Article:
The world champion used his sprinting power on the uphill finish to the 183km stage from Saint-Lo to Cherbourg to pull clear of Frenchman Julian Alaphilippe with Spain's Alejandro Valverde in third.
Sagan and a select group overhauled Belgian Jasper Stuyven, who had spent almost the entire stage up front, but was caught in the final kilometer.
Cavendish, who won the first stage in Normandy, was distanced on the climb and ceded both yellow and the green points jersey to Sagan.
Race favorite Chris Froome finished 10th, with Nairo Quintana close behind, but two-time champion Alberto Contador lost more time after crashing for the second day in a row.
"I lost more time than I had hoped to lose. I suffered another crash, I hit the handlebars and I was hurt on the other side from yesterday," the Spaniard told the official Tour website.
"The Tour has really started on the wrong footing. I'm not happy at all. It's cycling. I must see if I can make up some time in the Pyrenees and the Alps, see what I can do."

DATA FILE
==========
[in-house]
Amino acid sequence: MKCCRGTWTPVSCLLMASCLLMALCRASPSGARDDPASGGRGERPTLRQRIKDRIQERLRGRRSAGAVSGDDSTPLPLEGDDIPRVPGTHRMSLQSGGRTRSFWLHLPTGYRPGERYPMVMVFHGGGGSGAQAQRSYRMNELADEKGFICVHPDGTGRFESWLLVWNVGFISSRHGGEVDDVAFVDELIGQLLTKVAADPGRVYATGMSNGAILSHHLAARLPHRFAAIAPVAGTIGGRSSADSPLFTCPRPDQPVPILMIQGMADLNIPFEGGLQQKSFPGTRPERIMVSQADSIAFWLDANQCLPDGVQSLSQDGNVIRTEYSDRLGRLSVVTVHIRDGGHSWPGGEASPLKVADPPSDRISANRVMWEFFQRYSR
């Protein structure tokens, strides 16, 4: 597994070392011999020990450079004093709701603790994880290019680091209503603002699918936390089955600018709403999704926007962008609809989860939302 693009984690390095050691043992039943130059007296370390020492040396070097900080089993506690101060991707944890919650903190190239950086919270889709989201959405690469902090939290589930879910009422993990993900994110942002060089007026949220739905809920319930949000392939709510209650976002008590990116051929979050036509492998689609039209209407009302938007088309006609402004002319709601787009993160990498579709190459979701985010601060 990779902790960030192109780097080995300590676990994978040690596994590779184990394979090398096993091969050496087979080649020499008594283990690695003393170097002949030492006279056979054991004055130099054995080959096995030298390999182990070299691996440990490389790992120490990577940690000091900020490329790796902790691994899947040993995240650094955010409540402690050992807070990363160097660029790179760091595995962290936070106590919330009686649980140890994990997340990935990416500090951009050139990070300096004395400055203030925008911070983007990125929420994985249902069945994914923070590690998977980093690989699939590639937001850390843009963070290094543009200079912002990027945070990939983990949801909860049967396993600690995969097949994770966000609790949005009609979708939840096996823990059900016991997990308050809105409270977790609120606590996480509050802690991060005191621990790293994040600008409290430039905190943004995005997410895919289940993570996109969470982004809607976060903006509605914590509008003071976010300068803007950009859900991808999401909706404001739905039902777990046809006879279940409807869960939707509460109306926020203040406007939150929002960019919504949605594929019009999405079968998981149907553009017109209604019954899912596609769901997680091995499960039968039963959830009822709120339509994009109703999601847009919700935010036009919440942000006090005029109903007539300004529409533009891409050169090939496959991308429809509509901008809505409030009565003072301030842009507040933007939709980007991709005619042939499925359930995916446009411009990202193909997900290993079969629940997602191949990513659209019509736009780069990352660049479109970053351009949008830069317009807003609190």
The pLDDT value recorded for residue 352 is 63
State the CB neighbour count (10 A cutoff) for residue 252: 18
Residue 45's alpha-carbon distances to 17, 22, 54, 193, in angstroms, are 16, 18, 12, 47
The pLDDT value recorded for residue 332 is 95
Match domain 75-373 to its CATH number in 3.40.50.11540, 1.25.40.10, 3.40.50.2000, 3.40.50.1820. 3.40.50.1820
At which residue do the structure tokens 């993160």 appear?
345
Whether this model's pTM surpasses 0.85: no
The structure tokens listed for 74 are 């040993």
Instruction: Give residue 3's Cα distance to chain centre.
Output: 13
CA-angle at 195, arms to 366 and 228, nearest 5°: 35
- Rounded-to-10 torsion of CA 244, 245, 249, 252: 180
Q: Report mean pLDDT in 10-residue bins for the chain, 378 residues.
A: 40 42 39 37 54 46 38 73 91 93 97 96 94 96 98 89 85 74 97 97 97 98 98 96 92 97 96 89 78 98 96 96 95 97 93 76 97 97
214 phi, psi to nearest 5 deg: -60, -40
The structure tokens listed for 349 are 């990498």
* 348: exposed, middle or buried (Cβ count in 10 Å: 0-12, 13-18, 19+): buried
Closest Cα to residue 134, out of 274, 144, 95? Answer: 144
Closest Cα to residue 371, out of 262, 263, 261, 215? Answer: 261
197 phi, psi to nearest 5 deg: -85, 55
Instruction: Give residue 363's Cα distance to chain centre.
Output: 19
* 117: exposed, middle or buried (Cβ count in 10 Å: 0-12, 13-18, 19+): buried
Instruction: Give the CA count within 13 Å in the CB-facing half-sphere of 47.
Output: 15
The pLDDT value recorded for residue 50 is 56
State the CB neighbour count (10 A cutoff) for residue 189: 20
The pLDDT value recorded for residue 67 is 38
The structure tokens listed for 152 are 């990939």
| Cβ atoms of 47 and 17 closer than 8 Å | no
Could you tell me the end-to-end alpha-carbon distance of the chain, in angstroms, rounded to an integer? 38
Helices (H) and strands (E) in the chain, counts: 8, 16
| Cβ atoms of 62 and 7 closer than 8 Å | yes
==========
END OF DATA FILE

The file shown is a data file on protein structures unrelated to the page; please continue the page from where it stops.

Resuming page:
There was misfortune for another leading contender, BMC Racing's Richie Porte of Australia, who punctured with five km to go.
With the pace highest in the peloton as it chased down Stuyven, Porte lost a minute more than Contador.
The flamboyant Sagan was claiming his fifth stage win on the Tour, but his first since 2013. He has won the green points competition for the past four years and is favorite to do so again.
But like Cavendish the day before, this is his first time in yellow.
"It's a very nice jersey. This is something special for sure."
Consolation for Stuyven was taking the polkadot king of the mountains jersey off breakaway companion Paul Voss.
Alaphilippe, who cut a frustrated figure at the end as Sagan powered past, is now second overall at eight seconds with Valverde in third, another two seconds further adrift.
Defending champion Froome, given perfect protection by Team Sky, is fifth at 14 seconds, two places ahead of principle rival Quintana, who is on the same time.
Monday's third stage takes the riders 223.5km from Granville to Angers, with sprint specialists like Cavendish, Marcel Kittel and fellow German Andre Greipel likely to contest the finish.